Leontopodium alpinum Cass. (Edelweiss)

Distribution of the plant The genus Leontopodium (Compositae; Inulae; Gnaphaliinae sensu amplo) consists of between 30 and 40 species () found growing in mountainous areas of Japan (), Asia () and Europe (). A single species, Leontopodium alpinum Cassini, is considered to represent the genus in Europe () and the once separate Leontopodium nivale (Ten) Huet ex Hand.-Mazz. is now regarded as a subspecies, i.e. Leontopodium alpinum subsp. nivale (Ten) Tutin, stat. nov. (). The plant is protected by national legislation in Austria, Germany, Italy and Liechtenstein. Leontopodium alpinum, commonly known as edelweiss, is a perennial plant with a branching rootstock and fibrous roots (). Aerial structures exhibit wide morphological diversity (). Foliage leaves are linear to lanceolate in shape, 3-8 mm wide and pubescent. Inflorescence stalks develop from June to August and grow 2-45 cm high. The characteristically star-shaped “flower” varies in diameter from 1.5-10.5 cm and consists of an inflorescence made up of up to 12 densely aggregated capitula, which are subtended by an involucre of hairly leaves (). Leontopodium alpinum is traditionally found growing on limestone formations at altitudes up to 3140 m but can be easily Read more […]

Scarlet Wisteria Tree, Red Wisteria, Daun Turi

Sesbania grandiflora Pers. (Leguminosae) Sesbania grandiflora Pers. is a tree that can grow to 8-10 m in height. The compound leaves are about 30 cm long with 12 to 20 pairs of rounded, narrow, oblong leaflets, 3-4 cm by 1 cm. Flowers are 5-10 cm by 3 cm, in pale pink, red, purple or white. The pods are 25-50 cm, slender, and cylindrical with many light brown to red brown seeds. Origin Native to Malesia and cultivated in the tropics. Phytoconstituents Grandiflorol, (+)-leucocyanidin, oleanolic acid, lutein, beta-carotene, violaxanthin, neoxanthin, zeaxanthin and others. Traditional Medicinal Uses In the Philippines, the plant is used for its hypotensive properties. It is used in Indian folk medicine for the treatment of liver disorders. The juice of the leaves and flowers are popularly used for nasal catarrh and headache when taken as snuff. Various leaf preparations are used to treat epileptic fits. Applied externally for treatment of leprous eruptions. A poultice of the leaves is used for bruises. The leaf juice is mixed with honey for congenital bronchitis or cold in babies. Pharmacological Activities Antibacterial, Anticonvulsant, Anti-inflammatory, Anxiolytic, Depressant, Diuretic, Hepatoprotective, Hypoglycaemic, Read more […]

Stress: Licorice

Although licorice is sometimes categorized as an adaptogen, it does not strictly meet the criteria of one: Its actions are specific rather than nonspecific, and its use in certain patients in high doses or over a prolonged period is not always benign, and in fact can pose serious consequences. However, because of licorice’s action on the adrenal glands, as well as on several conditions associated with hypothalamic-pituitary-adrenal dysfunction, it raises questions about the potential role of licorice in the prevention and treatment of hypothalamic-pituitary-adrenal dysfunction, and merits mention in this section. Peptic ulcer was one of the first conditions ever to be associated with an overactive stress response. Interestingly, licorice extract has demonstrated efficacy against Helicobacter pylori, including against clarithromy-cin-resistant strains. Licorice studies have demonstrated its positive effects in treating viral infection, particularly those caused by herpes simplex virus, an active infection associated with increased stress. A recent study demonstrated that licorice root extract might even interfere with the latency of the herpes virus. Licorice components also have demonstrated the ability to modulate Read more […]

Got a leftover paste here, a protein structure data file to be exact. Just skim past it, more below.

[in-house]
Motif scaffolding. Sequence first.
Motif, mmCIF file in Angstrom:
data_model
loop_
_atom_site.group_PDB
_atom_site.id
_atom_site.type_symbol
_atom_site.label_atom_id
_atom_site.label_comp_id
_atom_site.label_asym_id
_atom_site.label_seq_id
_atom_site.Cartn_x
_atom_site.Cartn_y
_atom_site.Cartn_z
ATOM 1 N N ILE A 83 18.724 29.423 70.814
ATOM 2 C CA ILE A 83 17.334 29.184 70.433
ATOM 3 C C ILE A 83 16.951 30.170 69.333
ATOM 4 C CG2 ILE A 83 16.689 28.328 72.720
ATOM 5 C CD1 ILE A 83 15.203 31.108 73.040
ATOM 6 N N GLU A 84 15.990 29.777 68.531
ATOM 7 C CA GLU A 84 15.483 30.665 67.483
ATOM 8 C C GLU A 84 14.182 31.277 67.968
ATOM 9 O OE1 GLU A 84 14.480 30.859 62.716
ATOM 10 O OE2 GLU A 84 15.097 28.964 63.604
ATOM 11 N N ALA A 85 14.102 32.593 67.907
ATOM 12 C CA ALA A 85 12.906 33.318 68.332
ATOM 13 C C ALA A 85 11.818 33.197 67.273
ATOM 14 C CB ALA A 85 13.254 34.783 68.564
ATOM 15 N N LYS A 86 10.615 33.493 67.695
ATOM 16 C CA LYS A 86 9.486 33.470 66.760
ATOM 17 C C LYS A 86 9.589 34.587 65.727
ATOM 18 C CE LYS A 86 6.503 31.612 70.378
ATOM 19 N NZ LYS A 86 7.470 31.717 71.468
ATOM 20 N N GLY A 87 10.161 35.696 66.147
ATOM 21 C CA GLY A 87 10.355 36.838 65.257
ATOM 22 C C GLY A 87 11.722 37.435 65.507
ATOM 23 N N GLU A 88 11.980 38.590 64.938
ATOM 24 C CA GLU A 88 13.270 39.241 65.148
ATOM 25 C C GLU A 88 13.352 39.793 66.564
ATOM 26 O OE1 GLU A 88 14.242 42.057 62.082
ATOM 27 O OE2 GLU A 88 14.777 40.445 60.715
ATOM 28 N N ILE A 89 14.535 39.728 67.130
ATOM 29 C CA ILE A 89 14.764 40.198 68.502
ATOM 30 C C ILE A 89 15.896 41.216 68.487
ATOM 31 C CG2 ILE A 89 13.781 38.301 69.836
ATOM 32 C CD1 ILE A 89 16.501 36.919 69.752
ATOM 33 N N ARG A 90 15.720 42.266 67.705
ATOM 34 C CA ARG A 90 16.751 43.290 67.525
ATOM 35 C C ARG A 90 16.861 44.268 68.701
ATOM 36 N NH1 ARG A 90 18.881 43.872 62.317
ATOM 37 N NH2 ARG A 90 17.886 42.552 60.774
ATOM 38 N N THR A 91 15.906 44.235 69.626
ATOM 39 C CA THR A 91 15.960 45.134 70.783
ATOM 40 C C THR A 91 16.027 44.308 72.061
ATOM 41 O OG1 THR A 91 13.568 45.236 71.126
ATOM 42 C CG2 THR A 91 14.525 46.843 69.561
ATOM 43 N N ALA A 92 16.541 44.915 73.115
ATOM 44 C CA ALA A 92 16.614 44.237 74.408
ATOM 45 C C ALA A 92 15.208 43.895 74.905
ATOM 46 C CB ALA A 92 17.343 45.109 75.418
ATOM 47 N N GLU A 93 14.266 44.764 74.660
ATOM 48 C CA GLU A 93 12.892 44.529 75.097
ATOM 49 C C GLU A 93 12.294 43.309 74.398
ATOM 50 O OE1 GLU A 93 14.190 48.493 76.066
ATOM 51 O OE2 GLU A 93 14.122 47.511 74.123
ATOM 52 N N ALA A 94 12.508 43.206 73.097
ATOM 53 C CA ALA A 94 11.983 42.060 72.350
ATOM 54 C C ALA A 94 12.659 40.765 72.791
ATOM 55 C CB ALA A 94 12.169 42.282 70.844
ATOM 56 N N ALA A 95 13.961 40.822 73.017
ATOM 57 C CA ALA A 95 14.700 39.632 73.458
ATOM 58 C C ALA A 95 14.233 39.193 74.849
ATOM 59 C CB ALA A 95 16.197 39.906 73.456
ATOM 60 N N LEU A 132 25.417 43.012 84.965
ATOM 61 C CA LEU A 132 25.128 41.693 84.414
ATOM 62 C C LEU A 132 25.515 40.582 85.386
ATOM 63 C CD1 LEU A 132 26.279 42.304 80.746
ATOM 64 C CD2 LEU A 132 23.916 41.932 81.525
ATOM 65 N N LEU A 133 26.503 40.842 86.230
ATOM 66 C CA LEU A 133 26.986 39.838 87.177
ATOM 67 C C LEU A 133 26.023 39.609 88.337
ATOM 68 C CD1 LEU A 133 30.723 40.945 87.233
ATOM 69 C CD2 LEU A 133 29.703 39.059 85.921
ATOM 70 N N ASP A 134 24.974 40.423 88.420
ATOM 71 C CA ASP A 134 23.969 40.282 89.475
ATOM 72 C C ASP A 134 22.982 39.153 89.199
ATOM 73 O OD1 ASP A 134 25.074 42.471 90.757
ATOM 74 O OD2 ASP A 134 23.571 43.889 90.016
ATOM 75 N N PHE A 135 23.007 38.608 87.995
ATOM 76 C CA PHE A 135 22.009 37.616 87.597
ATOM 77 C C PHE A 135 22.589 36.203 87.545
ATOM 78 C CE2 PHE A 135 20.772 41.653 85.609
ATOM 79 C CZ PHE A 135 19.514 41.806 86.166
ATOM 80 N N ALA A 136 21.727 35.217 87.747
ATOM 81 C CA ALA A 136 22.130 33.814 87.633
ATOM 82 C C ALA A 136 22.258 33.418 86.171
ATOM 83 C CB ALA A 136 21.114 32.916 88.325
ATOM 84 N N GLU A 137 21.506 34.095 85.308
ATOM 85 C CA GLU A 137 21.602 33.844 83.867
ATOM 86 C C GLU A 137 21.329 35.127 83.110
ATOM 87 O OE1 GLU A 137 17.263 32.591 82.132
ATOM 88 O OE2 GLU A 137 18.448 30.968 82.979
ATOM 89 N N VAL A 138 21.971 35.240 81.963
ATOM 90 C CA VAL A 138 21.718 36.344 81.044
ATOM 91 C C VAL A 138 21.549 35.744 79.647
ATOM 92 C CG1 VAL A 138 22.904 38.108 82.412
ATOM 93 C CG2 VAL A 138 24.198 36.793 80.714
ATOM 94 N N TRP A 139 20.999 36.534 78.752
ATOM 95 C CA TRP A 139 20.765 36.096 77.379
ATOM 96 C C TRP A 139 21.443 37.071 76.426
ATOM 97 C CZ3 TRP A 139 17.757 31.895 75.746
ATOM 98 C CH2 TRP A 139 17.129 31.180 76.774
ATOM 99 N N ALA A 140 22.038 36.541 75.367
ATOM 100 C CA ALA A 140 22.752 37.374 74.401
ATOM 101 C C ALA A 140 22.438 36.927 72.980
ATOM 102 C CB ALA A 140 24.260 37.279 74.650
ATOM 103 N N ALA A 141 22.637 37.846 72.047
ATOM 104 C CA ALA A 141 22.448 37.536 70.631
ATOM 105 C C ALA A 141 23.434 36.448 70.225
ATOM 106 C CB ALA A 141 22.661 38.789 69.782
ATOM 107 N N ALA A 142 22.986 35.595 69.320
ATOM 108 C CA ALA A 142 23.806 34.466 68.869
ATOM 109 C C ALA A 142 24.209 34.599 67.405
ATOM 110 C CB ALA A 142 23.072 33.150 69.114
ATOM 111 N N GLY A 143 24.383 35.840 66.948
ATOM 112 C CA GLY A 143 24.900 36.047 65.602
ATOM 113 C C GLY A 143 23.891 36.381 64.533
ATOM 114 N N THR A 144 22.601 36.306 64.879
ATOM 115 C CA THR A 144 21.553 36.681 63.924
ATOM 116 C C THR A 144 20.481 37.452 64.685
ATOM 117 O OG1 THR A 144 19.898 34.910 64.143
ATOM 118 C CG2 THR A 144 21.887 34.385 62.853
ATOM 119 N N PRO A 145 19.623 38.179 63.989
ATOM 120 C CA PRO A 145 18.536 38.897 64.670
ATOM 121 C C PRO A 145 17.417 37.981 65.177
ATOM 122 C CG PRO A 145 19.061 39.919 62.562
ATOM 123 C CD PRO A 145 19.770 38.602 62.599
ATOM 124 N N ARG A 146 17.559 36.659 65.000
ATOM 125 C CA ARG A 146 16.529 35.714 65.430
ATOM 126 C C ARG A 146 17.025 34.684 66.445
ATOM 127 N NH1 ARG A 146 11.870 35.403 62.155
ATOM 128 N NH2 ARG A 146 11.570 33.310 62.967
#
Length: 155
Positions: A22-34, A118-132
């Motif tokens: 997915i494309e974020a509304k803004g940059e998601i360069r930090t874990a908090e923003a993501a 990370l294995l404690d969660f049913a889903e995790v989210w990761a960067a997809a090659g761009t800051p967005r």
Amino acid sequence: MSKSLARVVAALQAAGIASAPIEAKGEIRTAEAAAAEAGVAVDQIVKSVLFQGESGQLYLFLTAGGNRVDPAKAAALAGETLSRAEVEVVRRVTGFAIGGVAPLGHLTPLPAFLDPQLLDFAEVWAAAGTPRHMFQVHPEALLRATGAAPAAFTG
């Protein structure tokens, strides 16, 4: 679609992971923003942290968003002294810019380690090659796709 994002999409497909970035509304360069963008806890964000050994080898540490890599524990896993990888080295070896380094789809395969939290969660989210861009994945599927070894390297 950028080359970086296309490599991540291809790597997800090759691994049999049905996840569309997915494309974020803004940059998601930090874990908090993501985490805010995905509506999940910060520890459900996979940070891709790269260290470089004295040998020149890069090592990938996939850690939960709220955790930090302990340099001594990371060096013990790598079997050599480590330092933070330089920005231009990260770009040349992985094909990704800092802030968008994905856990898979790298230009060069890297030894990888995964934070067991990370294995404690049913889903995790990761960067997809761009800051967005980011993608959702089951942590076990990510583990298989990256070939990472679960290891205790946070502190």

AGRIMONY is the plant most associated with a medicine for liver complaints. Culpeper assured us that “it openeth and cleanseth the liver…”, and in fact that is what it was used for in Gaelic folk tradition. Gerard had already recommended the leaf decoction as “good for them that have naughty livers…”, and herbalists still prescribe it as a liver tonic (it is sometimes known as Liverwort).

Schisandra: Clinical Use. Dosage

The therapeutic activity of schisandra has not been significantly investigated under clinical trial conditions, so evidence is derived from traditional, in vitro and animal studies. LIVER DAMAGE, HEPATOPROTECTION Traditionally, schisandra has been used to treat a variety of liver disorders. Hepatoprotective effects have been observed in test tube and animal studies; however, the clinical significance of these findings in humans remains unknown. Several encouraging clinical reports using an analogue of schisandrin C are available; however, it is not known whether these effects will be seen with S. chinensis. ADAPTOGEN In TCM, schisandra is viewed as an adaptogen and prescribed with other herbs to increase resistance to physical and emotional stressorsand improve allostasis (see on Korean ginseng and Siberian ginseng for further information about adaptogenic activity and allostasis). Schisandra:¬†Other Uses Traditionally, schisandra has been used to treat chronic cough and dyspnoea, diarrhea, night sweats, irritability, palpitations and insomnia. Based on the herb’s inhibitory effects on leukotriene biosynthesis and platelet-activating-factor activity and anti-inflammatory effects, it is also used for asthmatic Read more […]